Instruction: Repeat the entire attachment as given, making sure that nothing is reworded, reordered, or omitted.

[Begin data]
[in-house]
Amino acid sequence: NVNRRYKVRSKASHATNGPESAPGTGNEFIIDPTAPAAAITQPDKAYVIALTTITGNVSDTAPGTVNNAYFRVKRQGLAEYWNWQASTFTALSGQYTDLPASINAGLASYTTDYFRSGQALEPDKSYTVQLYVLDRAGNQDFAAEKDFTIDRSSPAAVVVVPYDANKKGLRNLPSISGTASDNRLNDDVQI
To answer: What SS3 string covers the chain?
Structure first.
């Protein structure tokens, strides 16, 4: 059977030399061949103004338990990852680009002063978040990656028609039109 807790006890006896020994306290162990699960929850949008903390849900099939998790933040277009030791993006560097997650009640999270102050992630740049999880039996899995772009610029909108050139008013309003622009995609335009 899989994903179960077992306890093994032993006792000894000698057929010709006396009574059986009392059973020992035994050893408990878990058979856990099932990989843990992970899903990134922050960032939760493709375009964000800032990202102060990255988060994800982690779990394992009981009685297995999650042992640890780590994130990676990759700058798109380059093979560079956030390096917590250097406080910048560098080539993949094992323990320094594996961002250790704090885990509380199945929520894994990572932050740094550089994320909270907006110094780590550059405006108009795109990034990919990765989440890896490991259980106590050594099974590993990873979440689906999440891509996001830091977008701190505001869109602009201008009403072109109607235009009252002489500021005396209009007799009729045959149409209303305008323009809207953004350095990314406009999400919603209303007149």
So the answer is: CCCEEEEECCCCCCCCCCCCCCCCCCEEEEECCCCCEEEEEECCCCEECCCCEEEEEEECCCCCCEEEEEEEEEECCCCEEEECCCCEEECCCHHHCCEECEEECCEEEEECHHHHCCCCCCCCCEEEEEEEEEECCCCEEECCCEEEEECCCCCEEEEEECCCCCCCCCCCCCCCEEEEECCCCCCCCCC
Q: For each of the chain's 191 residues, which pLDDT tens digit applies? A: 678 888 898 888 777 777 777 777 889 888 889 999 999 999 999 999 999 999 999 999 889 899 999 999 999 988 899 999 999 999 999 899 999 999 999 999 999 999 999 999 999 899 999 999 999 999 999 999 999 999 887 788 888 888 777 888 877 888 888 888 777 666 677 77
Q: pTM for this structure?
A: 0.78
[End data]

[in-house]
Amino acid sequence: NVNRRYKVRSKASHATNGPESAPGTGNEFIIDPTAPAAAITQPDKAYVIALTTITGNVSDTAPGTVNNAYFRVKRQGLAEYWNWQASTFTALSGQYTDLPASINAGLASYTTDYFRSGQALEPDKSYTVQLYVLDRAGNQDFAAEKDFTIDRSSPAAVVVVPYDANKKGLRNLPSISGTASDNRLNDDVQI
To answer: What SS3 string covers the chain?
Structure first.
């Protein structure tokens, strides 16, 4: 059977030399061949103004338990990852680009002063978040990656028609039109 807790006890006896020994306290162990699960929850949008903390849900099939998790933040277009030791993006560097997650009640999270102050992630740049999880039996899995772009610029909108050139008013309003622009995609335009 899989994903179960077992306890093994032993006792000894000698057929010709006396009574059986009392059973020992035994050893408990878990058979856990099932990989843990992970899903990134922050960032939760493709375009964000800032990202102060990255988060994800982690779990394992009981009685297995999650042992640890780590994130990676990759700058798109380059093979560079956030390096917590250097406080910048560098080539993949094992323990320094594996961002250790704090885990509380199945929520894994990572932050740094550089994320909270907006110094780590550059405006108009795109990034990919990765989440890896490991259980106590050594099974590993990873979440689906999440891509996001830091977008701190505001869109602009201008009403072109109607235009009252002489500021005396209009007799009729045959149409209303305008323009809207953004350095990314406009999400919603209303007149």
So the answer is: CCCEEEEECCCCCCCCCCCCCCCCCCEEEEECCCCCEEEEEECCCCEECCCCEEEEEEECCCCCCEEEEEEEEEECCCCEEEECCCCEEECCCHHHCCEECEEECCEEEEECHHHHCCCCCCCCCEEEEEEEEEECCCCEEECCCEEEEECCCCCEEEEEECCCCCCCCCCCCCCCEEEEECCCCCCCCCC
Q: For each of the chain's 191 residues, which pLDDT tens digit applies? A: 678 888 898 888 777 777 777 777 889 888 889 999 999 999 999 999 999 999 999 999 889 899 999 999 999 988 899 999 999 999 999 899 999 999 999 999 999 999 999 999 999 899 999 999 999 999 999 999 999 999 887 788 888 888 777 888 877 888 888 888 777 666 677 77
Q: pTM for this structure?
A: 0.78